James E. Mack, Public Administrator of San Bernardino County, was born in Boston, Massachusetts, in November 1848, and resided there until twelve years of age. At the breaking out of the war in 1861 he enlisted in the Fourteenth Massachusetts Infantry, serving ninety days as drummer boy. On the expiration of his term he re-enlisted in the Twenty-seventh Massachusetts Infantry for three years, but his mother prevented him being mustered in. In the fervor of his youthful patriotism he determined to try again, and enlisted in the United States Naval Marine Corps, but was again prevented from entering the service by maternal interference.
In March, 1865, he entered Mount Pleasant Institute at Amherst, Massachusetts; in September, 1867, he entered Trinity College, Hartford, Connecticut, remaining two years, when he left school and started out to engage in the battle of life. Possessing an innate love of travel, Mr. Mack gratified his desire to rove by visiting many of the principal places in the New England, Middle and Western States, during which time he was employed at various vocations, and learned three different trades, namely: shirt-cutting, butter-tub making, and making ladies’ hats and bonnet frames. He could apply himself with equal facility to either of these trades, and when in a section of the country where neither availed him he turned his attention to farming or some other business with true Yankee ingenuity.
In 1875 he came to California and for a time worked in a sawmill in El Dorado County, then went to San Francisco, but, not being able to obtain employment at his trade, went to Arizona in February 1876. Was engaged for a time in the restaurant business at Yuma, then taught Government school at Camp McDowell, and then came to San Bernardino in January, 1877. He first engaged in farming here, and then spent a year in the mines.
In 1881-’82 he carried on a general store in El Dorado Cañon, Nevada; upon returning to San Bernardino County, he was foreman of the Colton Cannery for one year and then accepted the position of Assistant Postmaster in the post office, which position he filled three years, when, failing in health from excessive work and close confinement, he was compelled to resign. In the fall of 1885, Mr. Mack laid off and founded the town of Perris, five miles below the San Bernardino County line in San Diego County, on the California Southern Railroad. He built a depot and dug a well, and the railroad company put in a sidetrack and a water tank, moving them from Pinicate, a mile and a half below. Mr. Mack named the new town in honor of Mr. Fred T. Perris, the chief engineer of the Santa Fe Railway system in California; and that portion of the San Jacinto plains in the vicinity took the name of the town and is known as Perris Valley. The town consisted of 160 acres, to which two additions have since been made. There are now 160 voters in that district. Mr. Mack disposed of all his town lots, but he and his partner, T. H. Paler, have considerable land interests in Perris Valley.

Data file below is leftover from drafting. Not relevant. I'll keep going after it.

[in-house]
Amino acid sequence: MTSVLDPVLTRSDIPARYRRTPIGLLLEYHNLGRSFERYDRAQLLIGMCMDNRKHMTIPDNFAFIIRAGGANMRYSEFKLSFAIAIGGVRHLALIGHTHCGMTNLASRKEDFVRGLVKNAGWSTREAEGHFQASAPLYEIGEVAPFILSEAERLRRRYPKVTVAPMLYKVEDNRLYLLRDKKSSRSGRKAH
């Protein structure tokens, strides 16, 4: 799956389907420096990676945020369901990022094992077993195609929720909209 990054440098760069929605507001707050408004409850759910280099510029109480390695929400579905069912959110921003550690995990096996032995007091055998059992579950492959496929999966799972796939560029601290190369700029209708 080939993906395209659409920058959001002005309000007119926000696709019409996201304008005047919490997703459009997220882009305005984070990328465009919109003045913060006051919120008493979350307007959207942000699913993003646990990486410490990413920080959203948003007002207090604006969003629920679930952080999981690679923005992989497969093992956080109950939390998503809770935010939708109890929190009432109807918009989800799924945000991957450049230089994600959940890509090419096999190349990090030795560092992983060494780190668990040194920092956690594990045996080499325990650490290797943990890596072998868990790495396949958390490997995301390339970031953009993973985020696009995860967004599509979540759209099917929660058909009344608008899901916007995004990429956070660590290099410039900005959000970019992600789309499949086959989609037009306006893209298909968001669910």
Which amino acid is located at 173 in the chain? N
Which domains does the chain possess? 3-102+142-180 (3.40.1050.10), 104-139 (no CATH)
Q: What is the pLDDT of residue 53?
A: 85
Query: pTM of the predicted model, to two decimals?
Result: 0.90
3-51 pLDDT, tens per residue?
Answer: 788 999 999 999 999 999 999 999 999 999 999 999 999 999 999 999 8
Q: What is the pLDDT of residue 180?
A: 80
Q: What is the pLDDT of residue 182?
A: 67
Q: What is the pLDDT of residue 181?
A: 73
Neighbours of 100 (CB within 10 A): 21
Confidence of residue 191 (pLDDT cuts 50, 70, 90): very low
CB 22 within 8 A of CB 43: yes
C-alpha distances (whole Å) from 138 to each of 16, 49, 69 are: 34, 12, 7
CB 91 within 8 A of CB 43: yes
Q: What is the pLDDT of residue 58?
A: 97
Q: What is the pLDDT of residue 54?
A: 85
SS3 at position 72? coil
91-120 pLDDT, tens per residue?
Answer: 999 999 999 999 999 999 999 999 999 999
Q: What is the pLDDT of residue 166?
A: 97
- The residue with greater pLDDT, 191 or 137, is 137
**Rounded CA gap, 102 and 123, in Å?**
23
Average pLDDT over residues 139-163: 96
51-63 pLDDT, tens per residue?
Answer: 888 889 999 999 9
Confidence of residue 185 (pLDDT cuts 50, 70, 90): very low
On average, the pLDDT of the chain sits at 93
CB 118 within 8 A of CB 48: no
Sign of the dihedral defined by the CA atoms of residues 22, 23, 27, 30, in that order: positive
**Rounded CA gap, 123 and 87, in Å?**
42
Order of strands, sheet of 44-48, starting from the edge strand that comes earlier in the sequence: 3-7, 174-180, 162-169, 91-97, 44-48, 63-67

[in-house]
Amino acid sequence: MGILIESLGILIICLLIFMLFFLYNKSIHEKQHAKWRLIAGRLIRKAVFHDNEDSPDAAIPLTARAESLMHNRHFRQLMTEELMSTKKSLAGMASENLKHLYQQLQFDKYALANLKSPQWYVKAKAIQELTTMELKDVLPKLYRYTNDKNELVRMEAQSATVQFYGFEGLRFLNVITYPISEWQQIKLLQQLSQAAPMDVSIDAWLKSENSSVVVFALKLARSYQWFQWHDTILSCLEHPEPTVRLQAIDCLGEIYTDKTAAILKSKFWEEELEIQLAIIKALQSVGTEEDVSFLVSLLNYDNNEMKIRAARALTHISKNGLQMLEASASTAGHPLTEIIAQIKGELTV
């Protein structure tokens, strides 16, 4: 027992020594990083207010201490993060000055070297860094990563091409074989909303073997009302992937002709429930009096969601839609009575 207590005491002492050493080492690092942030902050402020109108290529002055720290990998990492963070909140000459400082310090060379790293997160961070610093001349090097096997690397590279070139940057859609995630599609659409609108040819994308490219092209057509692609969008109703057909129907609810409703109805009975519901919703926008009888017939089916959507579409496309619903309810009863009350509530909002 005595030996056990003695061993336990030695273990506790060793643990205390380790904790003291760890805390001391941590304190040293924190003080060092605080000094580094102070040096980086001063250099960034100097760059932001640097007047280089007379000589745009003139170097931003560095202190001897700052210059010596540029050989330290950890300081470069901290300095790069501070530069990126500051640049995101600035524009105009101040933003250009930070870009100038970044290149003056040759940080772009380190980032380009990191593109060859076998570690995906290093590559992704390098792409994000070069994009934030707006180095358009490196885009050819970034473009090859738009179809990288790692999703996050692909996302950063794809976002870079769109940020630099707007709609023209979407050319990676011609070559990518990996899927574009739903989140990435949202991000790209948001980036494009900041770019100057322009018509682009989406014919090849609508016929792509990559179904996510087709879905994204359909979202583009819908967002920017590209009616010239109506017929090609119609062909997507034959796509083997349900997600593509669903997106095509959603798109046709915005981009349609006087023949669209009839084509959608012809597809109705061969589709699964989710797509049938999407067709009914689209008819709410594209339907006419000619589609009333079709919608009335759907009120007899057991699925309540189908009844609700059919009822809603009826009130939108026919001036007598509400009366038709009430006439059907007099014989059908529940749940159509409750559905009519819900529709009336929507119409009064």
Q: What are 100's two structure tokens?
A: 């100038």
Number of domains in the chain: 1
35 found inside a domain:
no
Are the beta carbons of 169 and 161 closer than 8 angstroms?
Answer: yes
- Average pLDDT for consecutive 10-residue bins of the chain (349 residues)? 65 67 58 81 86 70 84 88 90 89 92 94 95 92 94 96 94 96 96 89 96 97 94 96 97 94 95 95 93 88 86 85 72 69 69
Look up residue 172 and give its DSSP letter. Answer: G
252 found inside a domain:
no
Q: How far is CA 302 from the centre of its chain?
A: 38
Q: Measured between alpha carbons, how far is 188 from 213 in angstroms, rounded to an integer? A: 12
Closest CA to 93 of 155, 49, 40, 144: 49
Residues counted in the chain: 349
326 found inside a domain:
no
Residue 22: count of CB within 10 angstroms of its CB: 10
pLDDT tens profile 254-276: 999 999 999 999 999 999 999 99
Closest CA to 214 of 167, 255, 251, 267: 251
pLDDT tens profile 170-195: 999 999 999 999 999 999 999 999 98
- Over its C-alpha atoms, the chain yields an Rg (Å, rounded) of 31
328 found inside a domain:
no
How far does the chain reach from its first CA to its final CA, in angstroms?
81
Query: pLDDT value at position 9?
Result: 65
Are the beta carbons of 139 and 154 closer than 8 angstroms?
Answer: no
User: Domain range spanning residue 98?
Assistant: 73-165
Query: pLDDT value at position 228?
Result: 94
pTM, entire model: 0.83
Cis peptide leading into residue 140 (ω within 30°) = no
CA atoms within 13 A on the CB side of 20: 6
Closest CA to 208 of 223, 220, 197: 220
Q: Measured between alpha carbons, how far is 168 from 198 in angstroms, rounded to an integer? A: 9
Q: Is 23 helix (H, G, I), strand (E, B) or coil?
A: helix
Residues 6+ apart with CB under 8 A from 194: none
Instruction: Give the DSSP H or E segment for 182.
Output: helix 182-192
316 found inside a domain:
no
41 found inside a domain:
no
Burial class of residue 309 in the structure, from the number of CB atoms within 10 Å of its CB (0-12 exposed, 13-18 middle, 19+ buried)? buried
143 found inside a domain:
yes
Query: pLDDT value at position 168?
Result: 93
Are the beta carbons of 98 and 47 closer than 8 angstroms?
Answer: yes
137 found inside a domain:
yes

In July 1887, Mr. Mack in company with others incorporated the Citrus Water Works, who own 7,000 acres of choice land in the valley of the Gila River, near Gila Bend in Maricopa County, Arizona. They have constructed a canal over nineteen miles in length, with a capacity of 20,000 inches of water with which to irrigate their tract. An actual test shows the land to be well adapted to the production of raisin grapes and deciduous fruits. Mr. Mack was one of the projectors of the Mentone and Great Bear Valley toll road, which, when completed, will be an improvement of immense value to San Bernardino County, as Bear Valley is destined to become one of the greatest summer resorts on the Pacific coast, when it is rendered accessible by a good wagon road. Six stockholders comprise the company, of which Mr. Mack is president and his partner, Mr. Palmer, is secretary. It is estimated that from $12,000 to $14,000, of which several thousand is already paid in, will complete the road. Considerable work has been done on this end of the road, and the project only awaits sufficient capital to be pushed to completion.
Mr. Mack is a pronounced Republican and a zealous worker in behalf of the party, but has preferred to see his friends, rather than himself, elected to office. But at the urgent request of the local party leaders, he became a candidate for the office of Public Administrator; in the fall of 1888 he was nominated by 103 of the 120 votes in the convention, and was elected by 625 majority to the office in which he is now serving with great efficiency. He takes an active interest in military matters; is special aid-de-camp to the department commander of the G. A. R., and Commander of the W. R. Cornman Post of San Bernardino, and is First Lieu-tenant and Quartermaster of the Ninth Regiment National Guard of California. He is a member of the Ancient Order of United
Work-men, has passed through all the local official chairs, and is Grand Lieutenant Commander of the Select Knights of the order for California.
Mr. Mack was married to Emma L. Sargeant, a native of Maine, in the city of Boston, in October 1874. Four children, two boys and two girls, comprise their family. The youngest son and daughter, twins, were born February 12, 1889.
Messrs. Mack and Palmer are among the leading and most active in the general insurance business in this city, representing a number of strong companies, whose aggregate capital is $30,000,000.